What did you feel when the program was finally launched and the first generation of students came to Opole in 2013?
It was one of the highest levels of emotions that I have ever experienced in my life. In fact, October of 2013 was doubly emotional for all of us in Opole, as this year we held a very festive inaugural event, which was attended by both the rectors of the University of Burgundy and the University of Johannes Gutenberg. Also, I remember that I was really stressed. Sometimes my colleagues and I had trouble sleeping at night. I can explain why…We were the first front, we were the first semester of Europa Master. Currently, I am very happy to have the opportunity to meet all the generations first and then pass them proudly to my colleagues in Mainz and Dijon. But then we experienced all these emotions for the first time.
How do you see the future of Europa Master?
I definitely hope that we will be able to improve the achievements that we already have. It is always possible to teach better or meet the expectations of the students more fully.What is also important for me is not only to deliver the knowledge to students but also to continue creating interpersonal linkages between them. In this regard, we are trying to create more opportunities for students to meet and interact outside academia. In my opinion, the Europa Master program is actually special because of that. For example, in one generation we had some French students who invited their Polish group mates to come to their houses in France and live there for a few weeks in order to improve the language. This is what I am hoping to keep and develop.
From the academic point of view, some changes into the module division system can probably be expected in Opole soon. For the last couple of years, everything was pretty stable since every change in the program needs to be accepted by all the partner universities.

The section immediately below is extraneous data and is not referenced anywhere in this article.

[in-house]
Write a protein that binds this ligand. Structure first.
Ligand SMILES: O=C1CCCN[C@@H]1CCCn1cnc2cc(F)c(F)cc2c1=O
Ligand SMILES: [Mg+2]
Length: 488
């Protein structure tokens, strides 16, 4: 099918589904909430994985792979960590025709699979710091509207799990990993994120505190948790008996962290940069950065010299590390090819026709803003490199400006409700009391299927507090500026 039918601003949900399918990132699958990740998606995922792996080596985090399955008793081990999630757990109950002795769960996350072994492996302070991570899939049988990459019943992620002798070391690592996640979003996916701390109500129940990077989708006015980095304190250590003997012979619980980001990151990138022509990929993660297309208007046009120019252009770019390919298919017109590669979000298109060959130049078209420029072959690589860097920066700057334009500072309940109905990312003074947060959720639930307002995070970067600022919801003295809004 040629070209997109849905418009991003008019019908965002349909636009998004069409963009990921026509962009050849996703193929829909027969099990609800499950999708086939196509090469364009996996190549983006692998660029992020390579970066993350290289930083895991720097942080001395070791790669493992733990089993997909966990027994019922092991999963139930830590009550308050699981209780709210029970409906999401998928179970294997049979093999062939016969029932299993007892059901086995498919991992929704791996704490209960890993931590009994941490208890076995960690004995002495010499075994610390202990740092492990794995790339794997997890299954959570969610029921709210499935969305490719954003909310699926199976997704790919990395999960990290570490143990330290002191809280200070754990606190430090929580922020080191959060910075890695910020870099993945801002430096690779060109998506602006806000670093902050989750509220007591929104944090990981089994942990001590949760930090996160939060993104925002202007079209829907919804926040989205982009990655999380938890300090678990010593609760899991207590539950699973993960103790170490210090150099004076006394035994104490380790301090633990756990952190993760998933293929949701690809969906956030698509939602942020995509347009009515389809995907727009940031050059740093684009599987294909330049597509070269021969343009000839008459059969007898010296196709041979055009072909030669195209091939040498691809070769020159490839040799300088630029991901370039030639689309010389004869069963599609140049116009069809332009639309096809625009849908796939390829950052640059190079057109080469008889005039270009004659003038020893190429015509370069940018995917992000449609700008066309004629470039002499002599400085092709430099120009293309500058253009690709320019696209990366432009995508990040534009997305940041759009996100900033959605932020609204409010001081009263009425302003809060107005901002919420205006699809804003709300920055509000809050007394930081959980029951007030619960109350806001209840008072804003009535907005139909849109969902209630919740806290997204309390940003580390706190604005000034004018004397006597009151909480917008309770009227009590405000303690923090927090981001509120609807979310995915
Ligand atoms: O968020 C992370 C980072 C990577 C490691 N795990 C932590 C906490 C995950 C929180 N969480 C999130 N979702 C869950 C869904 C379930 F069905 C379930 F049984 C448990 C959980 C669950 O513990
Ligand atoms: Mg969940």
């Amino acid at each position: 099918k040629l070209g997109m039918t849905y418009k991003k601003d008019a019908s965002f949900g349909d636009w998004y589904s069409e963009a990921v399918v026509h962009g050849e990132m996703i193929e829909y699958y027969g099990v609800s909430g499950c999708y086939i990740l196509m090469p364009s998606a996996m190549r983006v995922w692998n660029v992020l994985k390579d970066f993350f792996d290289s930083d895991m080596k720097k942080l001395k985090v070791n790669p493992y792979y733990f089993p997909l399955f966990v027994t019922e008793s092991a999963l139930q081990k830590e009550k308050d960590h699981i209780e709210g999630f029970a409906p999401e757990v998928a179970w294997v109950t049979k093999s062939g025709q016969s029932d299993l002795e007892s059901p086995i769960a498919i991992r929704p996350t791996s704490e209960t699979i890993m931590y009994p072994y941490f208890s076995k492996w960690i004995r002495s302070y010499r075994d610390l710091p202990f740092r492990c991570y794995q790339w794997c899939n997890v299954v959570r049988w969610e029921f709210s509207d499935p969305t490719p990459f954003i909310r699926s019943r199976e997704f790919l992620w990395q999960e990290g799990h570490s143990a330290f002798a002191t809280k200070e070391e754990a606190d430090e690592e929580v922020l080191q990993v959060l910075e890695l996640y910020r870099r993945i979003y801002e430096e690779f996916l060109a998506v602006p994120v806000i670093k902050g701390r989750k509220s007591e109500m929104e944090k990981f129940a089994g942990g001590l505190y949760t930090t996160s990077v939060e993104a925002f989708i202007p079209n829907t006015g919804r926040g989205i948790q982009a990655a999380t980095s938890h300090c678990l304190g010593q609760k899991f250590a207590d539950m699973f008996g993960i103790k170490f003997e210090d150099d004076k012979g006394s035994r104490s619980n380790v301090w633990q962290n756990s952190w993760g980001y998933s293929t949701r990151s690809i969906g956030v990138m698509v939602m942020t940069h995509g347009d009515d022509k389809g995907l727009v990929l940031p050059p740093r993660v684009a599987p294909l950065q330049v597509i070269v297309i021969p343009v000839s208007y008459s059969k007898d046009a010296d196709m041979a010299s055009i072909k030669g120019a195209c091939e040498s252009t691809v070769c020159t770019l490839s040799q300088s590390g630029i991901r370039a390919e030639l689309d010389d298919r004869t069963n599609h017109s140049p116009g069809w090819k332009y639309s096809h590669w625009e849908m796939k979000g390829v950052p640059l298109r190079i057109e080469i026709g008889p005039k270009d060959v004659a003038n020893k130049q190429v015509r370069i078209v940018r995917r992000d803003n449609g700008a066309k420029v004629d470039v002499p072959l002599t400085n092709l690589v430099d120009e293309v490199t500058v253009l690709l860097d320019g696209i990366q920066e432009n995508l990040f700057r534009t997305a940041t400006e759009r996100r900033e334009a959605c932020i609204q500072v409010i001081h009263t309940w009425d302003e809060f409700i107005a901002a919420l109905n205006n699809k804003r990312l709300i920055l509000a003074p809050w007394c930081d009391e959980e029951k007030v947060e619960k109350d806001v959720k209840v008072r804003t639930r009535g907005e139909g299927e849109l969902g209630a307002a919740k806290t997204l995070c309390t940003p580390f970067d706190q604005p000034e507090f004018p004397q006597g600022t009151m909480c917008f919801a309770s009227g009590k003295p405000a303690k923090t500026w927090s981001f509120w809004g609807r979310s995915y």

Another thing is the promotion of the program. Currently, all three partner universities are a part of a bigger project —FORTHEM Alliance. In the future, I would like to share the knowledge about our program with other European Universities.
As a professor, why would you recommend students to apply for the Europa Master?
This is a chance to gain knowledge on European issues from very different perspectives. The semester in Opole is devoted to more cultural and social issues of the EU. The University in Mainz is mainly focused on political issues. The third semester in Dijon gives a broader perspective of the legal issues of the Union. In my opinion, the construction of the program may give students a holistic picture of the whole European integration process. The program is also a great opportunity to find an interesting job within state institutions, or the EU institutions afterwards.
Another reason why someone should consider the Europa Master program is the intercultural exchange. We have a unique way of fulfilling it within this program. We also have the international group, students from the EU and even beyond. On this program, the famous motto “United in diversity” can be directly experienced.
Festive inauguration in 2013, welcoming the first generation of the Europa Master